Looking back at Earth from beyond helps to give perspective on our place in the cosmos.
Last week, the Rosetta mission released a large quantity of science data to the worldwide public, including photos from the mission's close observation phase and the Philae landing.
Opportunity and the Mars Exploration Rovers (MER) team pressed on through the Martian winter and spent April sleuthing for clay minerals at the mission’s new site on the southern wall of Marathon Valley.
The RS-25 powered the space shuttle for three decades, and will soon be used on the Space Launch System. Is it still the Ferrari of rocket engines? A deep dive on performance, reliability and the politics of rocket science.
Posted by Jason Davis on 2016/05/06 06:04 CDT
A team of scientists at the University of Arizona continue their efforts to extract data from more than 90,000 images captured during NASA's Surveyor program. In the meantime, new first-look images and an animation have been released.
Since April 11, instead of photographing the scenery directly beneath it, Dawn has been aiming its camera to the left and forward as it orbits and Ceres rotates to map more of the dwarf planet.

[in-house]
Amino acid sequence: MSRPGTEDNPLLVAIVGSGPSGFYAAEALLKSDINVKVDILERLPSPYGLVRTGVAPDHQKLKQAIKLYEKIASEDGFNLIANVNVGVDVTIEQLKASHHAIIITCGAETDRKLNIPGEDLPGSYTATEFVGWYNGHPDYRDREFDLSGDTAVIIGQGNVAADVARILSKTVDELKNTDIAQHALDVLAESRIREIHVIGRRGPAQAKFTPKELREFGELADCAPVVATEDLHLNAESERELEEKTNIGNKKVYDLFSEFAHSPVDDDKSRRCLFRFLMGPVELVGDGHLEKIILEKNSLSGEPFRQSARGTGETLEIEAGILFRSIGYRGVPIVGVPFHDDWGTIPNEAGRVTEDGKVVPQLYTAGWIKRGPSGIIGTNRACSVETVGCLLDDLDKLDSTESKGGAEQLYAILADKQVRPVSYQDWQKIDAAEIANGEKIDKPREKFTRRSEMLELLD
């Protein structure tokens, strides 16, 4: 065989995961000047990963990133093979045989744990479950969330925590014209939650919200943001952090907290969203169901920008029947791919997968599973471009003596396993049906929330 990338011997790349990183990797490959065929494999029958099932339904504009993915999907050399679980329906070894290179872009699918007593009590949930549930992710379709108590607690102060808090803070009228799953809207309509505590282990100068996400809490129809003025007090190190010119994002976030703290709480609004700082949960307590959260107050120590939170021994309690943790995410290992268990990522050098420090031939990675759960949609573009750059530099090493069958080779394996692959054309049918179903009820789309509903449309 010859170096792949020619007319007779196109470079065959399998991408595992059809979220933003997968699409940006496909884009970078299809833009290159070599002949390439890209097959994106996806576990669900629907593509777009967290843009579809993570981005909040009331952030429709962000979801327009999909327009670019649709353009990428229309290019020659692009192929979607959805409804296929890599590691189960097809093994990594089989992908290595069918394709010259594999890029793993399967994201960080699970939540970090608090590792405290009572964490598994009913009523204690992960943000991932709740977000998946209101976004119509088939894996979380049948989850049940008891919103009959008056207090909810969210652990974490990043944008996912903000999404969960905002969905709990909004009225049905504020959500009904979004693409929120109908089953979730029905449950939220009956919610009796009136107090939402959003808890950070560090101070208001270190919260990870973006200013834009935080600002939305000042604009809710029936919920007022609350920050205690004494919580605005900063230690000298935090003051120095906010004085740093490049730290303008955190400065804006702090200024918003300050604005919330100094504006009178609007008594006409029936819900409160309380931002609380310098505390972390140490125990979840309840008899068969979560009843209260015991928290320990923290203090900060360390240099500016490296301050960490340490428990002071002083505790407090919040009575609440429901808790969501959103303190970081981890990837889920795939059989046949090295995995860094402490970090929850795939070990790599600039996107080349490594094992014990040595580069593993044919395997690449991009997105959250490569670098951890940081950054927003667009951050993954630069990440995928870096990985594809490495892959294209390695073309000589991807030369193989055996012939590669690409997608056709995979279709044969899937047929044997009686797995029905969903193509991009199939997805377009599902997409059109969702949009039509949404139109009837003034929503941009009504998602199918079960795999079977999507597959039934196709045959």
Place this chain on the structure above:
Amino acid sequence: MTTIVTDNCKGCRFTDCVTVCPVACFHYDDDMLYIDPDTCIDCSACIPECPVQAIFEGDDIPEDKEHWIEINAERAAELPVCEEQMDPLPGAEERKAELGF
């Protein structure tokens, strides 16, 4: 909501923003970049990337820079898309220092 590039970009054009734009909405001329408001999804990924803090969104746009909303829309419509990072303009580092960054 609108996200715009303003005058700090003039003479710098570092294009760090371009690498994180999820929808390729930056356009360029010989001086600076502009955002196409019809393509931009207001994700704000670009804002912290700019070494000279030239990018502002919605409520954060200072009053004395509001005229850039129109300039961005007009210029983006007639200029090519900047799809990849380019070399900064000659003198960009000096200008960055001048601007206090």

May 2016 will be yet another month of fairly routine operations across the solar system -- if you can ever use the word "routine" to describe autonomous robots exploring other planets. ExoMars' cruise to Mars has started smoothly, and Juno is only two months away from Jupiter orbit insertion. Earthlings will witness a Mercury transit of the Sun on May 9.
HiRISE Principal Investigator Alfred McEwen explains an imaging technique known as Super-Resolution Restoration (SRR), and how it could come in handy for high-resolution imaging of the Red Planet.
Two modern engineering marvels crossed paths this week here in Central America, as the last unflown space shuttle external fuel tank passed through the Panama Canal during a multi-week voyage from New Orleans to Los Angeles.
The Senate Just Proposed to Slash Planetary Science Funding
But I'm not worrying—yet
The Senate has released its draft of NASA's 2017 budget which, despite increasing NASA's top-line by $300 million, would cut $270 million from the Planetary Science Division. Here's why we shouldn't worry—yet.
Posted by Emily Lakdawalla on 2016/04/25 11:15 CDT
Curiosity has drilled into Mars for the 10th time at a site named Lubango, on sol 1320 (April 23, 2016). Lubango is in a bright-toned halo around a crack in the Stimson sandstone unit on the western edge of the Naukluft Plateau.
Today I'm participating in a program called the International @SpaceApps Women in Data Bootcamp. I'm presenting a brief talk highlighting the way that my personal discovery of NASA's image data archives shaped my path into public communication about science, and briefly showcasing three other women who do amazing work with public image data.